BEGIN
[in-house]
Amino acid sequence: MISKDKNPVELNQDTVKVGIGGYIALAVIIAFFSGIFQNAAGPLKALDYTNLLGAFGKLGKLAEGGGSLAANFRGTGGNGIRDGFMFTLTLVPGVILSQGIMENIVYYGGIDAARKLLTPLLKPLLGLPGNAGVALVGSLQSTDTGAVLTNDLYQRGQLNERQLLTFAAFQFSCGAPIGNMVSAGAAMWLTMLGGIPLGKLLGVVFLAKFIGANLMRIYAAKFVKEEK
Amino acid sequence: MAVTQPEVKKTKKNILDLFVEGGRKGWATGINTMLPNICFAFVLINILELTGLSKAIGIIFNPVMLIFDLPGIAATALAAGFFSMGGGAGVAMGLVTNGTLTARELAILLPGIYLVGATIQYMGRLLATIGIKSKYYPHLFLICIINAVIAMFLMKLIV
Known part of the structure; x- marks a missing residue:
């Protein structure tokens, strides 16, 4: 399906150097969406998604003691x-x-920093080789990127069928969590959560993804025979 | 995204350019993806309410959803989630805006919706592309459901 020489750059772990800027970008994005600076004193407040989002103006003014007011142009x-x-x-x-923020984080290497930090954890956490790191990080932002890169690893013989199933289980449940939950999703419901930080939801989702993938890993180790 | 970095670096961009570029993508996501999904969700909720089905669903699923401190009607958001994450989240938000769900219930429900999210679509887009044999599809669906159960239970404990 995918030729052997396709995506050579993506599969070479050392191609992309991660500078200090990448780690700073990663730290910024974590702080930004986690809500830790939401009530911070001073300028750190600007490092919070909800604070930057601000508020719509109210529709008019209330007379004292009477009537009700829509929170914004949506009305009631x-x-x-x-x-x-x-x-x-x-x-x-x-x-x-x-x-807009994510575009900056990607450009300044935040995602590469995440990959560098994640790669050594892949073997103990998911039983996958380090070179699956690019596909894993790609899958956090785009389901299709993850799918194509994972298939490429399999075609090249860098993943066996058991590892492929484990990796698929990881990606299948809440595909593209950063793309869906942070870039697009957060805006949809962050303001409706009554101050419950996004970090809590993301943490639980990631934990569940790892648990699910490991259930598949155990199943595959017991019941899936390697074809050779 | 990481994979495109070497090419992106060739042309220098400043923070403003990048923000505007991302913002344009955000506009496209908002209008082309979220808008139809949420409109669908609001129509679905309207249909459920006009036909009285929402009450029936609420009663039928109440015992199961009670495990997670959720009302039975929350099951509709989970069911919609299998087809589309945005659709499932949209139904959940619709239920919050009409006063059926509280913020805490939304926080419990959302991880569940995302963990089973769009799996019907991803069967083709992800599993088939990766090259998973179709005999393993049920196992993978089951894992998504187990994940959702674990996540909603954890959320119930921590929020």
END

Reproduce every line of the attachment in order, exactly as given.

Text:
[in-house]
Amino acid sequence: MISKDKNPVELNQDTVKVGIGGYIALAVIIAFFSGIFQNAAGPLKALDYTNLLGAFGKLGKLAEGGGSLAANFRGTGGNGIRDGFMFTLTLVPGVILSQGIMENIVYYGGIDAARKLLTPLLKPLLGLPGNAGVALVGSLQSTDTGAVLTNDLYQRGQLNERQLLTFAAFQFSCGAPIGNMVSAGAAMWLTMLGGIPLGKLLGVVFLAKFIGANLMRIYAAKFVKEEK
Amino acid sequence: MAVTQPEVKKTKKNILDLFVEGGRKGWATGINTMLPNICFAFVLINILELTGLSKAIGIIFNPVMLIFDLPGIAATALAAGFFSMGGGAGVAMGLVTNGTLTARELAILLPGIYLVGATIQYMGRLLATIGIKSKYYPHLFLICIINAVIAMFLMKLIV
Known part of the structure; x- marks a missing residue:
């Protein structure tokens, strides 16, 4: 399906150097969406998604003691x-x-920093080789990127069928969590959560993804025979 | 995204350019993806309410959803989630805006919706592309459901 020489750059772990800027970008994005600076004193407040989002103006003014007011142009x-x-x-x-923020984080290497930090954890956490790191990080932002890169690893013989199933289980449940939950999703419901930080939801989702993938890993180790 | 970095670096961009570029993508996501999904969700909720089905669903699923401190009607958001994450989240938000769900219930429900999210679509887009044999599809669906159960239970404990 995918030729052997396709995506050579993506599969070479050392191609992309991660500078200090990448780690700073990663730290910024974590702080930004986690809500830790939401009530911070001073300028750190600007490092919070909800604070930057601000508020719509109210529709008019209330007379004292009477009537009700829509929170914004949506009305009631x-x-x-x-x-x-x-x-x-x-x-x-x-x-x-x-x-807009994510575009900056990607450009300044935040995602590469995440990959560098994640790669050594892949073997103990998911039983996958380090070179699956690019596909894993790609899958956090785009389901299709993850799918194509994972298939490429399999075609090249860098993943066996058991590892492929484990990796698929990881990606299948809440595909593209950063793309869906942070870039697009957060805006949809962050303001409706009554101050419950996004970090809590993301943490639980990631934990569940790892648990699910490991259930598949155990199943595959017991019941899936390697074809050779 | 990481994979495109070497090419992106060739042309220098400043923070403003990048923000505007991302913002344009955000506009496209908002209008082309979220808008139809949420409109669908609001129509679905309207249909459920006009036909009285929402009450029936609420009663039928109440015992199961009670495990997670959720009302039975929350099951509709989970069911919609299998087809589309945005659709499932949209139904959940619709239920919050009409006063059926509280913020805490939304926080419990959302991880569940995302963990089973769009799996019907991803069967083709992800599993088939990766090259998973179709005999393993049920196992993978089951894992998504187990994940959702674990996540909603954890959320119930921590929020």